What is a POSIX file system?

Released in the late 1980s, POSIX (Portable Operating System Interface) is a family of standards created to make sure that applications developed on one UNIX flavor can run on other UNIXes. The POSIX standard describes how system calls must behave, and to what degree one section defines the semantics (behavior) of a POSIX compatible file system. Many of the UNIX systems that existed back in the 80s and 90s have become irrelevant, but Linux is ubiquitous and POSIX compatible which is why it is used more so than UNIXes.

For a POSIX file system to be successful, it must:

  • implement strong consistency. For example, if a write happened before a read, the read must return the data written.
  • have atomic writes, where a read either returns all data written by a concurrent write or none of the data, but is not an incomplete write.
  • implement certain operations, like random reads, writes, truncate or fsync.

POSIX and Linux differences

Linux is seen as "partially POSIX compatible" when it comes to the file system, mostly because it doesn't provide the isolation feature that POSIX requires. Instead, reads and writes are atomic on a page level (4kB), but a read might return some pages of a concurrent write operation. The decision to not implement atomicity is mainly due to performance. Instead, applications have to use file locking if they expect concurrent read/write access.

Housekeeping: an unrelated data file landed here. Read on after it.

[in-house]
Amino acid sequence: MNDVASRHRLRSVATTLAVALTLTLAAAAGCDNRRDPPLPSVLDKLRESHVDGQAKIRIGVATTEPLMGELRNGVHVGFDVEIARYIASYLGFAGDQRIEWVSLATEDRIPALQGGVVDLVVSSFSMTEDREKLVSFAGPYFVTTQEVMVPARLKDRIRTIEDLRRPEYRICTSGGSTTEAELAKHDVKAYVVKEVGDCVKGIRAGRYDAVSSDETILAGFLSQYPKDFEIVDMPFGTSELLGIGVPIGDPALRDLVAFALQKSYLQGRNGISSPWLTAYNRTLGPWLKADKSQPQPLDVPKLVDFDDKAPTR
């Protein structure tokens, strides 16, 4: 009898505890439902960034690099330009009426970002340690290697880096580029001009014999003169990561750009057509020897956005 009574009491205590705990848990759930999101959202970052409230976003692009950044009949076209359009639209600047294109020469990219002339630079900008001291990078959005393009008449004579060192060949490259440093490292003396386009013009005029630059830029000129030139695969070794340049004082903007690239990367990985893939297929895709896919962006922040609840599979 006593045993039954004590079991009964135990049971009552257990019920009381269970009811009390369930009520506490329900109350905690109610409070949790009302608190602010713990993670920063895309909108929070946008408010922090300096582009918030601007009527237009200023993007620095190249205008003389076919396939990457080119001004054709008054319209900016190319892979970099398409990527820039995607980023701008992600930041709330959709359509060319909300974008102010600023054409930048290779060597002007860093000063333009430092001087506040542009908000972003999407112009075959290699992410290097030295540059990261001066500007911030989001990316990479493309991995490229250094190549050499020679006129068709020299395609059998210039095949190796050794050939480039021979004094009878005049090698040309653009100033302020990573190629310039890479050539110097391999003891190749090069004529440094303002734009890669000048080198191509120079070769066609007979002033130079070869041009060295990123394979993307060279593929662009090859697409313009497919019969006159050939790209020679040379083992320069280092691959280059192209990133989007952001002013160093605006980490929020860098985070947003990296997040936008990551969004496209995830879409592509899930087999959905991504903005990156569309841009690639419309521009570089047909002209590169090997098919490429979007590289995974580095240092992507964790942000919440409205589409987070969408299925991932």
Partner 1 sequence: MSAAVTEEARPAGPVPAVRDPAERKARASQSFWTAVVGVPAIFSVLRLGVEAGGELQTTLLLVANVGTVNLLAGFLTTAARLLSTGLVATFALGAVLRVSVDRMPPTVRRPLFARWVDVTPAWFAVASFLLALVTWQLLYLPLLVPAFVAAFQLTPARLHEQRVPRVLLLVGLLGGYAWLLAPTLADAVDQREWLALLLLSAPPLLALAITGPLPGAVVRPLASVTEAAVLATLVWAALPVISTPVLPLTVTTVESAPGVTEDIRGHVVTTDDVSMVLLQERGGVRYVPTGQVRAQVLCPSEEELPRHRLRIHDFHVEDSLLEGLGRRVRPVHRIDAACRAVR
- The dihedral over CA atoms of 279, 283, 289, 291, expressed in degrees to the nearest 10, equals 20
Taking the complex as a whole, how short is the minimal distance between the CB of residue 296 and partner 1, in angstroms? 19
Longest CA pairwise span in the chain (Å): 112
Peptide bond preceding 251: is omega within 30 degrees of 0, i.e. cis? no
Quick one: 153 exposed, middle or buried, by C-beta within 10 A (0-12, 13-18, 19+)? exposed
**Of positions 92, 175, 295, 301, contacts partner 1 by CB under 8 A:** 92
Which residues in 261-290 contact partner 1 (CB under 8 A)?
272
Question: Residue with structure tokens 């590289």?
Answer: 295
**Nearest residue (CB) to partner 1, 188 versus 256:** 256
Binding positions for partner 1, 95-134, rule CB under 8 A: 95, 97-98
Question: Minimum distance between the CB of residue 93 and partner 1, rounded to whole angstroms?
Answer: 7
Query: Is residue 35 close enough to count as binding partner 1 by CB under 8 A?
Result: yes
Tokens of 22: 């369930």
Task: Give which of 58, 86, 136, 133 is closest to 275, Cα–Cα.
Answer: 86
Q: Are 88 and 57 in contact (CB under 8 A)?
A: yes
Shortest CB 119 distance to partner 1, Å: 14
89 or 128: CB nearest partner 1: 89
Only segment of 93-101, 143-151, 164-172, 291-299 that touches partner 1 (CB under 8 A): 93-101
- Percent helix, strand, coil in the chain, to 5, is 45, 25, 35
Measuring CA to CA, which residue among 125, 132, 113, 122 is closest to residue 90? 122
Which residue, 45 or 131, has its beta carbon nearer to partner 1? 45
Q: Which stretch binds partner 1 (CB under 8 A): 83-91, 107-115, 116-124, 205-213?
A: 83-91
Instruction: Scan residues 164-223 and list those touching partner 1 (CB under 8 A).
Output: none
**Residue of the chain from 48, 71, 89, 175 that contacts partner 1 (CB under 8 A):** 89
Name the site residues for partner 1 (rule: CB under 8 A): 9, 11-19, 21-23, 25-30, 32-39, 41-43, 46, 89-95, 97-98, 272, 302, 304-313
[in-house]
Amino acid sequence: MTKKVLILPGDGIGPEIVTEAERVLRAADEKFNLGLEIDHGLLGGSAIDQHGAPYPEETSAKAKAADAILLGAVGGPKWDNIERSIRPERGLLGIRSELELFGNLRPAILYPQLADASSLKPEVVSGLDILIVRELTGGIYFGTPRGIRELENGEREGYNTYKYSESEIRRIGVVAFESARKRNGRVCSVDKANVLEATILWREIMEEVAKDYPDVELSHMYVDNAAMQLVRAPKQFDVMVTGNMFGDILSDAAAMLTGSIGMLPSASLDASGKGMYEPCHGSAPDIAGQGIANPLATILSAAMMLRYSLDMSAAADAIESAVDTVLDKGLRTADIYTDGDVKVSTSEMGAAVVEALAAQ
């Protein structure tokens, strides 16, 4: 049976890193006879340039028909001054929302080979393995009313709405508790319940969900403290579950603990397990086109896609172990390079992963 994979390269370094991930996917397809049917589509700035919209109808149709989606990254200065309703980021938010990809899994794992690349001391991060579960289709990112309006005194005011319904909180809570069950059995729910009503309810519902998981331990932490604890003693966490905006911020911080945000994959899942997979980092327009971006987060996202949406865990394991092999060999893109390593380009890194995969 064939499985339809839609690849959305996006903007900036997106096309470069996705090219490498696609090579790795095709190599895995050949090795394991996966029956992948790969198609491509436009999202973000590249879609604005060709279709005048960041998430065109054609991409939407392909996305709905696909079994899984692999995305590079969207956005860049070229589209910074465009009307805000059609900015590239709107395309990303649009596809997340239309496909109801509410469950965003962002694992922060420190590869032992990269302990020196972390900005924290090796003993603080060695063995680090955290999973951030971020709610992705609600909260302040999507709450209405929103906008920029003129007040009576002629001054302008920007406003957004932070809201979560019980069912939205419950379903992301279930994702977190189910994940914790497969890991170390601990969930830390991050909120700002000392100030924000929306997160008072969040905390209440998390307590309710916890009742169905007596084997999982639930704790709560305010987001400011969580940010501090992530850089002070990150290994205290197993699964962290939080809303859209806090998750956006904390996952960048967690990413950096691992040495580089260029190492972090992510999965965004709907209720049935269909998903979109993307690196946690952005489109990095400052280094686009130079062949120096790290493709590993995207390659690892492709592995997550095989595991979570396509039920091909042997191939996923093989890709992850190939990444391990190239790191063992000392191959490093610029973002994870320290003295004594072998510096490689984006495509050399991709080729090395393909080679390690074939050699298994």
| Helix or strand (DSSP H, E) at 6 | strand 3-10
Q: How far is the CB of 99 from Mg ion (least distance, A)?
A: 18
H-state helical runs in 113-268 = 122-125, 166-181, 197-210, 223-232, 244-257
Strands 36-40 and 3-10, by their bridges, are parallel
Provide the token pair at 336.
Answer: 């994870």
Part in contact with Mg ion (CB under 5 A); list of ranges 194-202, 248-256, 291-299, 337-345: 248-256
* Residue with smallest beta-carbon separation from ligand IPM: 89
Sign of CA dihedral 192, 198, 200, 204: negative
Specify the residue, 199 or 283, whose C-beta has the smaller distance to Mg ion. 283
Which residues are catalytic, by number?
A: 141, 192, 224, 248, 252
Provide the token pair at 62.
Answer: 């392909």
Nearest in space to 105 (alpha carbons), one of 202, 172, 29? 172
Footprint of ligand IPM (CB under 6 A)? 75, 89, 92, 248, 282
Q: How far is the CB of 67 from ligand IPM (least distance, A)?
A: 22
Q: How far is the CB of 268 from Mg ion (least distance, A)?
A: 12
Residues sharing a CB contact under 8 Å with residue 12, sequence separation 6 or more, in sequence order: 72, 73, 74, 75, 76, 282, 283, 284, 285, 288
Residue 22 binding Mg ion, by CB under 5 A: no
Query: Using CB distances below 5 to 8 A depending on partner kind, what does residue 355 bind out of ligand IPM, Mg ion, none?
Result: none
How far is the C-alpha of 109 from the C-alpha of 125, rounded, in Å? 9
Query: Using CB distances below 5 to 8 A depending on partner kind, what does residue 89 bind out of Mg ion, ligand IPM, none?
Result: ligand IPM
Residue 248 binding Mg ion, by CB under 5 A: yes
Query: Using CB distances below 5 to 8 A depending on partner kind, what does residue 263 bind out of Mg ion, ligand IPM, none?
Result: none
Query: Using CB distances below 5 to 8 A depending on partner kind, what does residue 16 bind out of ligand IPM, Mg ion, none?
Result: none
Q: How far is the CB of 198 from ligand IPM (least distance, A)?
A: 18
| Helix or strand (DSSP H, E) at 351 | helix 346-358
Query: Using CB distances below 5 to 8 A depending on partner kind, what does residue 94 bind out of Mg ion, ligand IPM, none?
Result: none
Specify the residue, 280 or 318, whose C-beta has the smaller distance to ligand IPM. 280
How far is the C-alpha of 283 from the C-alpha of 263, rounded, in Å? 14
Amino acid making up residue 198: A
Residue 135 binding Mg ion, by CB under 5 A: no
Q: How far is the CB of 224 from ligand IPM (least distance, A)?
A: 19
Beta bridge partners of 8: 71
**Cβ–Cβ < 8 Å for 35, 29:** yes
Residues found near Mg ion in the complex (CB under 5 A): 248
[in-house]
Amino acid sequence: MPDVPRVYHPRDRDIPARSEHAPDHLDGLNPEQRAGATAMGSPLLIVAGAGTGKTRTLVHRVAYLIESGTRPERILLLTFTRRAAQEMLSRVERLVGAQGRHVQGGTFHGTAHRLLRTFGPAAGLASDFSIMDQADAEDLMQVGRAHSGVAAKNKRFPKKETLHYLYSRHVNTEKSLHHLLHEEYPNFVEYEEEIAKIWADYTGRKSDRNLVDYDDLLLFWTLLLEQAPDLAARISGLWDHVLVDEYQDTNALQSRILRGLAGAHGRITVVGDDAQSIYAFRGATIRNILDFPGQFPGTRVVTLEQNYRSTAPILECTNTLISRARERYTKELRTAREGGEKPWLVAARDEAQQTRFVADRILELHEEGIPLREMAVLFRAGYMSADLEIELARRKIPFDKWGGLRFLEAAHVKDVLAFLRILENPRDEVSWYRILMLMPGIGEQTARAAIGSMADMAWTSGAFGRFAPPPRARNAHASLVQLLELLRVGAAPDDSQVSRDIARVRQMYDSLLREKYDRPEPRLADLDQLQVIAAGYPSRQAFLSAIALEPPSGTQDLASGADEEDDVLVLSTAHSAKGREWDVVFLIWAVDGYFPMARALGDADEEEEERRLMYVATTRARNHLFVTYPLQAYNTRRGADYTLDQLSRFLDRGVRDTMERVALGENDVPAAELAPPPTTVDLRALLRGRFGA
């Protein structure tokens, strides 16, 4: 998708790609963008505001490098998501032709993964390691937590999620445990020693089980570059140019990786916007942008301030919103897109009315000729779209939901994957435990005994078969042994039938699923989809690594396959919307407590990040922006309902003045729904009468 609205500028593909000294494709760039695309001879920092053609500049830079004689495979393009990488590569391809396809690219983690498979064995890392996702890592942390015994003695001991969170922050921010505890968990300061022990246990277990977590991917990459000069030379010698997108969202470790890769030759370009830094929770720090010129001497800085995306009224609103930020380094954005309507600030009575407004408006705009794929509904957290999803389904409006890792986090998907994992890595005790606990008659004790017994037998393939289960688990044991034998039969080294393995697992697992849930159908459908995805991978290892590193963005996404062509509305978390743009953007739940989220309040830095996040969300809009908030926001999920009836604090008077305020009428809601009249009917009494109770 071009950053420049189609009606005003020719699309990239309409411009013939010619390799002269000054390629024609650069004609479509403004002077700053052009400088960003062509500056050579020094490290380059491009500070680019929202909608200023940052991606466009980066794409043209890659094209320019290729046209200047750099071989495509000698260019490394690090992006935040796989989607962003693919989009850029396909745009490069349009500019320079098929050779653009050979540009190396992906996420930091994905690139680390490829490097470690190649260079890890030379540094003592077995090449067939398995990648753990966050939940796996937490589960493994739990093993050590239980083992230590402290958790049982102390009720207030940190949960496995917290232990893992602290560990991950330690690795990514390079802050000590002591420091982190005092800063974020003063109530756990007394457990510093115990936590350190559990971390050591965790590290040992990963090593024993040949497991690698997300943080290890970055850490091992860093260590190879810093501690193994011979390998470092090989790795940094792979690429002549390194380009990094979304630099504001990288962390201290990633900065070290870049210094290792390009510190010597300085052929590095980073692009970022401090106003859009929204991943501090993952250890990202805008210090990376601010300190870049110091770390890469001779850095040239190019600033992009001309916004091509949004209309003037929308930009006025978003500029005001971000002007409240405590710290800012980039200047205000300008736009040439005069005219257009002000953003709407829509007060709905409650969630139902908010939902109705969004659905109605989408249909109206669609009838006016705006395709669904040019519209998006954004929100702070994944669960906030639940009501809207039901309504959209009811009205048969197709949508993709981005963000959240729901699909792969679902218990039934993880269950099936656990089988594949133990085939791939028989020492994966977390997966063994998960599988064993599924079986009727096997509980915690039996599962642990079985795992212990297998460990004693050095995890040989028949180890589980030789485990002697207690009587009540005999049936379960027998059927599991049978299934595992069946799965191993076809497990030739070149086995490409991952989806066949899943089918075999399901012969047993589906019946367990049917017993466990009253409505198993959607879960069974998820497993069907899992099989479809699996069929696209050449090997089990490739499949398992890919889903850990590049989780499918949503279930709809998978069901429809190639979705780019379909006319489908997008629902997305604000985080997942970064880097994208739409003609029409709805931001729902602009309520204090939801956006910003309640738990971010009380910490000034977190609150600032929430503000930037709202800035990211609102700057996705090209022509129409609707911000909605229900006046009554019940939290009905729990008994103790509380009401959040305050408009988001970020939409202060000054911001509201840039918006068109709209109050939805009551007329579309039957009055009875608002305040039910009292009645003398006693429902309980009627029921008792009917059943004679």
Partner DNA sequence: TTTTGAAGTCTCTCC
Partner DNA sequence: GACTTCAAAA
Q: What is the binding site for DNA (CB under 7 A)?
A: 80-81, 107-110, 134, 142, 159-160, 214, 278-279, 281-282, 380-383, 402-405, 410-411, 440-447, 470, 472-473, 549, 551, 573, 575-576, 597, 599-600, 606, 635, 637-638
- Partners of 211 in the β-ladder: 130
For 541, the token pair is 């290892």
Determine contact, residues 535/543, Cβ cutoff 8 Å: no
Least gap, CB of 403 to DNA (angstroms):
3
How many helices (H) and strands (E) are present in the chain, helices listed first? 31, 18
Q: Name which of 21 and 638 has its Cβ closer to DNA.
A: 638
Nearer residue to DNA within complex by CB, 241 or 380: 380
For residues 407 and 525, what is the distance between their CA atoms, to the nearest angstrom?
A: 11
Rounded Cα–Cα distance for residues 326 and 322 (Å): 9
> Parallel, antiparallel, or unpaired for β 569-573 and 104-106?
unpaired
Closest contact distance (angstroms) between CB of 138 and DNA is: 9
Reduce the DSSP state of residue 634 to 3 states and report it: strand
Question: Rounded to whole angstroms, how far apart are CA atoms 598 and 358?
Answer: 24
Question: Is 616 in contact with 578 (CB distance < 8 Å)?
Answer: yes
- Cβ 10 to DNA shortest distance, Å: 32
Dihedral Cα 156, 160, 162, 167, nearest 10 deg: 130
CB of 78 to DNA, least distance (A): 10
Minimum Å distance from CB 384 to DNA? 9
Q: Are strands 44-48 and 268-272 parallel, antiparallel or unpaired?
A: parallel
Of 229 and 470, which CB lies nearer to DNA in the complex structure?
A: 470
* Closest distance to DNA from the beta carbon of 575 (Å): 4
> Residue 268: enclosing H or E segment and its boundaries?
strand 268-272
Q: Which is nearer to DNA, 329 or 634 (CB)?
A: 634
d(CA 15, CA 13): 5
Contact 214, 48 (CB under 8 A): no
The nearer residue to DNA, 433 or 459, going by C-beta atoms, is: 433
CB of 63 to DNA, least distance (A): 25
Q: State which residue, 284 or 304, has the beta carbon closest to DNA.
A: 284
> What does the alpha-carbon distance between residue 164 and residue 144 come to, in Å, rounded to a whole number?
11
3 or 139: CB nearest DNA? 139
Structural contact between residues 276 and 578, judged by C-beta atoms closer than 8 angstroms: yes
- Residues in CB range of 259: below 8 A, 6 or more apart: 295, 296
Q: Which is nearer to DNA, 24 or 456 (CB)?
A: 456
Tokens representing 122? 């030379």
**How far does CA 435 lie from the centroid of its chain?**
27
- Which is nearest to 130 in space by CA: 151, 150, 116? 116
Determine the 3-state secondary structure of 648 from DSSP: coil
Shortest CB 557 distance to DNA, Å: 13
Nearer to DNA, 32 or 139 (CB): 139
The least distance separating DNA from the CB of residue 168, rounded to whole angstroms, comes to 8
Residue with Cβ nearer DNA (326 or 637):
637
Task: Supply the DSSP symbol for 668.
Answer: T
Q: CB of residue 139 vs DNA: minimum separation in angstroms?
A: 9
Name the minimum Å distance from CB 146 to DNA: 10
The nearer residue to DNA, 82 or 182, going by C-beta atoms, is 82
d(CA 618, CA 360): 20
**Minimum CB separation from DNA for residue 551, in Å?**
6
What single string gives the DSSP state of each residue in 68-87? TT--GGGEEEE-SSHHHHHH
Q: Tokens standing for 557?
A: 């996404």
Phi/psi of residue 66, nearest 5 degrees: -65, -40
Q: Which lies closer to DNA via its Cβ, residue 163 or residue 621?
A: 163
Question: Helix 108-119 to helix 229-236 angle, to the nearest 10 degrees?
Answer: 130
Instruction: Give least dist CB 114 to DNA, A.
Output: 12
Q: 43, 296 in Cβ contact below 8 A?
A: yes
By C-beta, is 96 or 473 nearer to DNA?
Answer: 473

The difference between POSIX and NFS semantics

The POSIX standard was initially developed for local file systems but when accessing and sharing a file system over a network we suddenly had to deal with a range of challenges like cache consistency or concurrent access. The strong consistency requirements of POSIX make caches infeasible and require expensive cache consistency protocols between clients.

Whereas, the NFS (Network File System) protocol allows for more lenient consistency which guarantees to increase performance. Caching is allowed until a file is closed, flushed or a lock is released on the file. This semantics is sometimes called unlock-to-lock and close-to-open consistency.

Distributed applications that concurrently read and write to the same file without locking or close/open will read stale data from the local caches. However, most distributed applications use locks to coordinate access, which causes NFS to flush caches and read from the actual source. Fortunately, Quobyte offers a distributed parallel POSIX compatible file system that runs any Linux applications natively giving you the same consistency guarantees as NFS.

More Articles About Enterprise Storage